Does the Bose QuietComfort 35 II Gaming Headset Live Up to the Hype? An In-Depth UK Review

Bose QuietComfort 35 II Gaming Edition – Style Over Substance?

Bose recently entered the gaming headset market with the QuietComfort 35 II Gaming Edition. This high-end wireless headset builds upon Bose’s popular QuietComfort 35 headphones by adding gaming-focused features like a detachable microphone.

After analyzing reviews and impressions from experts and users, it seems the QC35 II Gaming Edition falls short of expectations. While the headphones offer Bose’s signature comfort and noise cancellation, they lack key features competitive gamers demand.

A Familiar Design with Gaming Accents

Visually, the QC35 II Gaming Edition looks nearly identical to the standard QC35 II headphones. The over-ear closed-back design, comfortable earcups, and folding headband are unchanged.

New bronze accents on the headband and microphone give the headset a stylish, gaming-inspired look. But beyond aesthetics, the core design remains focused on lifestyle usage rather than competitive gaming.

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World-Class Noise Cancellation for Immersion

Bose’s excellent active noise cancellation immerses you into your games by blocking ambient noise. Frequent flyers love the QC35 headphones for cutting out engine roar and chatter.

For gaming, this noise isolation helps you hear subtle in-game sounds clearly. Gunshots and footsteps come through with clarity, giving you an edge in shooters and battle royale titles.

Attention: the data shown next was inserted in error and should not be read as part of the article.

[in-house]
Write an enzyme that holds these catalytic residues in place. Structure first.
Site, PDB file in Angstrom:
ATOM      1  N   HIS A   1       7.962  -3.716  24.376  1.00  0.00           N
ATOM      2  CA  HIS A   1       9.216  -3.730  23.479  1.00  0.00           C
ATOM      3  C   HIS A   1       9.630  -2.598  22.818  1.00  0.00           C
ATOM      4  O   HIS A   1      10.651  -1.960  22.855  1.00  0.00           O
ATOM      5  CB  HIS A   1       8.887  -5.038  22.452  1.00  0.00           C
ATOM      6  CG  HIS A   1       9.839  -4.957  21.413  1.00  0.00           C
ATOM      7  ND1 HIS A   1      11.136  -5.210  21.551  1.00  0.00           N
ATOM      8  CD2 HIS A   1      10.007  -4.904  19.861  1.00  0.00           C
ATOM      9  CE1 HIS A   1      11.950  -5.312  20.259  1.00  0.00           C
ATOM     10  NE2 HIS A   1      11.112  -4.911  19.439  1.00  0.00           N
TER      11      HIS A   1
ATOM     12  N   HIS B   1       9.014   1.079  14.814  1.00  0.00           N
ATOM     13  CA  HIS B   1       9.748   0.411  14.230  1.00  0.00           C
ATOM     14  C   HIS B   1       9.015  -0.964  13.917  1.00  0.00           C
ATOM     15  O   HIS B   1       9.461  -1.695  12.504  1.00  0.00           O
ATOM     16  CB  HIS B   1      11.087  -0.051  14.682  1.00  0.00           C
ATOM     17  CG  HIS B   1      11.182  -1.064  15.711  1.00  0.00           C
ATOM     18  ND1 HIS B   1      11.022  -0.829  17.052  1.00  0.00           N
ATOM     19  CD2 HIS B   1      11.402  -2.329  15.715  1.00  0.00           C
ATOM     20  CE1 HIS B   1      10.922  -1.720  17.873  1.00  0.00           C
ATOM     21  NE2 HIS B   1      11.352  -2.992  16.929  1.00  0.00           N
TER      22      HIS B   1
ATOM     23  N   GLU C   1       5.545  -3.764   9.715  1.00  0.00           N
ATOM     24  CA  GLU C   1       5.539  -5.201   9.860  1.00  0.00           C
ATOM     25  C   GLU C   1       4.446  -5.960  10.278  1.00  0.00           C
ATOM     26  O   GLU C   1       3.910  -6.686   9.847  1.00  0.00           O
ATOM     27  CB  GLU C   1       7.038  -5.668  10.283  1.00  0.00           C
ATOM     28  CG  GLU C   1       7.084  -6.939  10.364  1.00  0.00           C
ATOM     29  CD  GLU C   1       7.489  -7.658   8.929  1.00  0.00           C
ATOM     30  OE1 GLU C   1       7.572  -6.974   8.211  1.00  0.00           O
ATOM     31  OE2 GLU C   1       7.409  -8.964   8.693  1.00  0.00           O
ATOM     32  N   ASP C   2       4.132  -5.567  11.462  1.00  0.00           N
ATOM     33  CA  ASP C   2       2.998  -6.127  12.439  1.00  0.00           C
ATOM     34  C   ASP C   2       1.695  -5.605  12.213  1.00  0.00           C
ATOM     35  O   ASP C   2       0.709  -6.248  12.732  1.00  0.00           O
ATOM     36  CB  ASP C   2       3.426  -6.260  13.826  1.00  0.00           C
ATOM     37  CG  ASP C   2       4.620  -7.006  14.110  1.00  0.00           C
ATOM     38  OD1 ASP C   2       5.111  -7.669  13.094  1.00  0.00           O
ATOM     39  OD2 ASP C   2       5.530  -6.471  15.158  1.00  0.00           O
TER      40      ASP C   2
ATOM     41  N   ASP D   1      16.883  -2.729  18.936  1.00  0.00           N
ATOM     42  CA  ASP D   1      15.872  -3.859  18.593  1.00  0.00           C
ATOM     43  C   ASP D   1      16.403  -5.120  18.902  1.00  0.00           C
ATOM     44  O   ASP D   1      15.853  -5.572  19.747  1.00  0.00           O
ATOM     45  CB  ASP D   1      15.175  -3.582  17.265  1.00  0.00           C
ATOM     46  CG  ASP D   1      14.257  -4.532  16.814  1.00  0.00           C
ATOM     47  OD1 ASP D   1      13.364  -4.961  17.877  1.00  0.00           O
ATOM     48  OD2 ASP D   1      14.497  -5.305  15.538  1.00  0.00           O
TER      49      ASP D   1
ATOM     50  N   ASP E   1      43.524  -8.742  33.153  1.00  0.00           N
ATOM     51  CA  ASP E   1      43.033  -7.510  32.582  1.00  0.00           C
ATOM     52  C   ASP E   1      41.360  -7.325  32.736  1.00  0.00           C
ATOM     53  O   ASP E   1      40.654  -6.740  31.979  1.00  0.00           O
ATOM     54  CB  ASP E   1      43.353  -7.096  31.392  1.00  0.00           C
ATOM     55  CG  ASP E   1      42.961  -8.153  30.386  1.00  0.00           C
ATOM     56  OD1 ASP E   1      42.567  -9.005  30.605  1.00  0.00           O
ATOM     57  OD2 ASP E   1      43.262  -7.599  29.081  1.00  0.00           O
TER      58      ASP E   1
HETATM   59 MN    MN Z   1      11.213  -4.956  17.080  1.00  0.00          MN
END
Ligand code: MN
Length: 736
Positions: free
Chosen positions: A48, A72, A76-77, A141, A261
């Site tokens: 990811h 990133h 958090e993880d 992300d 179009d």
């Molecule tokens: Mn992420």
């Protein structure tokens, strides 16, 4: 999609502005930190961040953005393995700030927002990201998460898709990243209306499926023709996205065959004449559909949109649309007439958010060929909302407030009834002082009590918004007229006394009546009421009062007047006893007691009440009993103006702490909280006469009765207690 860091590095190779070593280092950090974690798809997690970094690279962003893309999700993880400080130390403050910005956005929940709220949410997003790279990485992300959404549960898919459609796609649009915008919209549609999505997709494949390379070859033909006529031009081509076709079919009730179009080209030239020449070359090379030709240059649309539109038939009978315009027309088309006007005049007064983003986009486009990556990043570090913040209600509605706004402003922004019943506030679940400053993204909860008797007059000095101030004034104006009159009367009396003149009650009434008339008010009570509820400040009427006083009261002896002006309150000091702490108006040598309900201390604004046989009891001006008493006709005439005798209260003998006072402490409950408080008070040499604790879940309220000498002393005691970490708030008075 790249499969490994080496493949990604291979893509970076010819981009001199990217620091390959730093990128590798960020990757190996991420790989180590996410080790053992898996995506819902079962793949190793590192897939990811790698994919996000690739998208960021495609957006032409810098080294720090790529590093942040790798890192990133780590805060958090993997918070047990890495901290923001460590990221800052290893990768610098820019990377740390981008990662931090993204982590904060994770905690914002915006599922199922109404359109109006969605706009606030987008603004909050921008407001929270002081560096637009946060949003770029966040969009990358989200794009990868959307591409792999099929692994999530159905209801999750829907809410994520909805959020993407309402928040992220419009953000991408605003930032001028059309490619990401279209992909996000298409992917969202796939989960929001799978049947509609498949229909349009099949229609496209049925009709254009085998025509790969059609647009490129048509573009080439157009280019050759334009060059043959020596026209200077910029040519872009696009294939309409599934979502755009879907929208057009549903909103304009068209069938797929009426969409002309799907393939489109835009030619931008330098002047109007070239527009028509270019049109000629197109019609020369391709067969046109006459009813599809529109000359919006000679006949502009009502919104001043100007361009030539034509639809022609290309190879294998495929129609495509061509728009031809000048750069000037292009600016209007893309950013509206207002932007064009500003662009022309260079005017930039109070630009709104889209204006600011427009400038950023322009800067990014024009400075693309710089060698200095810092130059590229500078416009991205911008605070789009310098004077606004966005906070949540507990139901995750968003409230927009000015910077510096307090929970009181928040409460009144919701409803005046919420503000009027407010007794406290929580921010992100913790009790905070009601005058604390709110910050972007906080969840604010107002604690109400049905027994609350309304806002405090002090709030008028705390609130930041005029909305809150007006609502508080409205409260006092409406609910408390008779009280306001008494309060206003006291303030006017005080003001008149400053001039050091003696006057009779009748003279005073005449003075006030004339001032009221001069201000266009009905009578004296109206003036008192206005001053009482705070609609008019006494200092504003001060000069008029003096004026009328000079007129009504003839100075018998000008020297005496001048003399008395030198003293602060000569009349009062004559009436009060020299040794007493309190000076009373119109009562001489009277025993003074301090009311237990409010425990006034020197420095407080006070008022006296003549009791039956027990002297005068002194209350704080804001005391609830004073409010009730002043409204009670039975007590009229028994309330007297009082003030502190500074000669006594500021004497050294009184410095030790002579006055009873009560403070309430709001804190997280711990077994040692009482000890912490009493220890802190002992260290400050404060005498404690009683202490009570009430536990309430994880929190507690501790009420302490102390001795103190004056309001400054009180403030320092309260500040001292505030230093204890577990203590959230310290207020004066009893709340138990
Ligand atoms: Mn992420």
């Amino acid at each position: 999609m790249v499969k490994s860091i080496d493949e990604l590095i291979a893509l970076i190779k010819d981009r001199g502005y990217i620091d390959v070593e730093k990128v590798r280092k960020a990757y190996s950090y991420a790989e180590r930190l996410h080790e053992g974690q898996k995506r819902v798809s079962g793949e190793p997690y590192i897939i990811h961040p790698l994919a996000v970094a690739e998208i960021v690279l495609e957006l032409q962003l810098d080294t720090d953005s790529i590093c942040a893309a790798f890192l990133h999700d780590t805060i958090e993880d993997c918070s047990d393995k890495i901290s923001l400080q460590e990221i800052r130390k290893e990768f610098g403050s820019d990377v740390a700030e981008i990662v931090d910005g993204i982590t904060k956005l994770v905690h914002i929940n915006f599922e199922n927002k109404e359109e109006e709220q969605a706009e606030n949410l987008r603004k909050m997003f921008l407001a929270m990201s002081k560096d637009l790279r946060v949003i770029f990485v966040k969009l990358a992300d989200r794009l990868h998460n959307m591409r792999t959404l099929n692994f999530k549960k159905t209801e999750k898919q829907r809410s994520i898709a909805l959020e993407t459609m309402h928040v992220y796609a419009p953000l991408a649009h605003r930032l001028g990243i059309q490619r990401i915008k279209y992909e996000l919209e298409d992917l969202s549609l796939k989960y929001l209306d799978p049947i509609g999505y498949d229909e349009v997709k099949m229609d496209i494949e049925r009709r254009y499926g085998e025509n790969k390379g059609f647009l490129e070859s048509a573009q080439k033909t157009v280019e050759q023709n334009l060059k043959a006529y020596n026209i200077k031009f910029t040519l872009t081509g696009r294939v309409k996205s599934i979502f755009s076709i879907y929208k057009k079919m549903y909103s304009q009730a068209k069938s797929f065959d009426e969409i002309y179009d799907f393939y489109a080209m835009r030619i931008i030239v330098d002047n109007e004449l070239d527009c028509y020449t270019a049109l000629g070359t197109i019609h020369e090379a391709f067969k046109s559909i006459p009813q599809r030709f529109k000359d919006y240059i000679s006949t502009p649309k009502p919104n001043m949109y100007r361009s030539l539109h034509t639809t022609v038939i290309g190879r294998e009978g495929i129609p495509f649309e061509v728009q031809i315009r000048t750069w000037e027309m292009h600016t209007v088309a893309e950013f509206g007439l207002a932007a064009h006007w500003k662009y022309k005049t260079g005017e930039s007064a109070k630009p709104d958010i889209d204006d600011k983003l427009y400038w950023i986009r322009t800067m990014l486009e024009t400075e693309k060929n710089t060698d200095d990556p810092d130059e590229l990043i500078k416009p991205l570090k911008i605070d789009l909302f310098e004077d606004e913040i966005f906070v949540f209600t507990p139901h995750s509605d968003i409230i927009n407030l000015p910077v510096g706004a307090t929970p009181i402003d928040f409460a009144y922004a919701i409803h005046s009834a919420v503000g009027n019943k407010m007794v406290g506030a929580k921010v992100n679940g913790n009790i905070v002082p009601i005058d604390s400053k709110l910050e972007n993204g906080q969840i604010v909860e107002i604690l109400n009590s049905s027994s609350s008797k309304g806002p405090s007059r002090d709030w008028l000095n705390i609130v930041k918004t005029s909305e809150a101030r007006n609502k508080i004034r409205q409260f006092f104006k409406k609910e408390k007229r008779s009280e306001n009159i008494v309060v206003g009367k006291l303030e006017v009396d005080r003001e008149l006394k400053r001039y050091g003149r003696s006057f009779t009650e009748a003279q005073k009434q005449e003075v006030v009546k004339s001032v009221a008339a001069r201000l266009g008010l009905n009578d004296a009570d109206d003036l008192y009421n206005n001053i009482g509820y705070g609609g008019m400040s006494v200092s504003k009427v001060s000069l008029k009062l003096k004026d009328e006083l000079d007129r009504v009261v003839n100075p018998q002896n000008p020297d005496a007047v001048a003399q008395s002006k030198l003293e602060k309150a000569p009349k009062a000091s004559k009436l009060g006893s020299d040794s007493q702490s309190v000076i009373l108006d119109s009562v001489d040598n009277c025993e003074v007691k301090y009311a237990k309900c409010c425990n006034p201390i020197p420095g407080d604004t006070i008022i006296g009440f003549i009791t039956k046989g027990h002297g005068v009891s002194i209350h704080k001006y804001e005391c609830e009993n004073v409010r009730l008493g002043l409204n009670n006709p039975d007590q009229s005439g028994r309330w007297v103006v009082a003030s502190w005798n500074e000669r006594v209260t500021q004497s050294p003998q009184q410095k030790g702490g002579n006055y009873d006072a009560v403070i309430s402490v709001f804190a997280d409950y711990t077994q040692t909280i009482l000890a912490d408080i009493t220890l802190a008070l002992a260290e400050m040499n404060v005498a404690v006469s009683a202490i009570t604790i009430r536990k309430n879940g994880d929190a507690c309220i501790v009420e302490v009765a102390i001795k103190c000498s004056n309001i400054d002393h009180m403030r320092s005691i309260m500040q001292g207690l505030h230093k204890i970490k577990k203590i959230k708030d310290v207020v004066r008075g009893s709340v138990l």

Balanced Sound Lacks Gaming Focus

Reviewers praise the QC35 II Gaming Edition’s balanced sound profile that works for music listening. However, many note it lacks the punchy bass and detailed highs expected from premium gaming headsets.

The soundstage doesn’t deliver precise positional audio for pinpointing enemy locations. And with no EQ options, you can’t tune the sound to better suit FPS or RPG titles.

Disappointing Wireless Performance

Here’s the headset’s biggest flaw: the microphone only works in wired mode. That means no chat or voice commands while wireless.

For a $329 headset in 2022, this seems unacceptable. Even budget wireless gaming headsets allow microphone use in wireless mode these days.

Bose adds a USB dongle for low-latency wireless on PC. But console gamers are stuck tethered by the audio cable for microphone functionality.

More Style Than Substance?

The QC35 II Gaming Edition includes gaming-centric features like the detachable boom mic and USB dongle. But core aspects like wireless performance and audio tuning seem out of touch with current gaming market expectations.

For gamers wanting Bose’s renowned noise cancellation in a slick package, the headset delivers. But from a performance standpoint, consider the SteelSeries Arctis Pro Wireless or Astro A50 instead.

At $329, you’re paying a premium for Bose branding and audio heritage versus actual gaming innovation and performance. The QC35 II Gaming Edition has style, but lacks the full substance competitive gamers demand.

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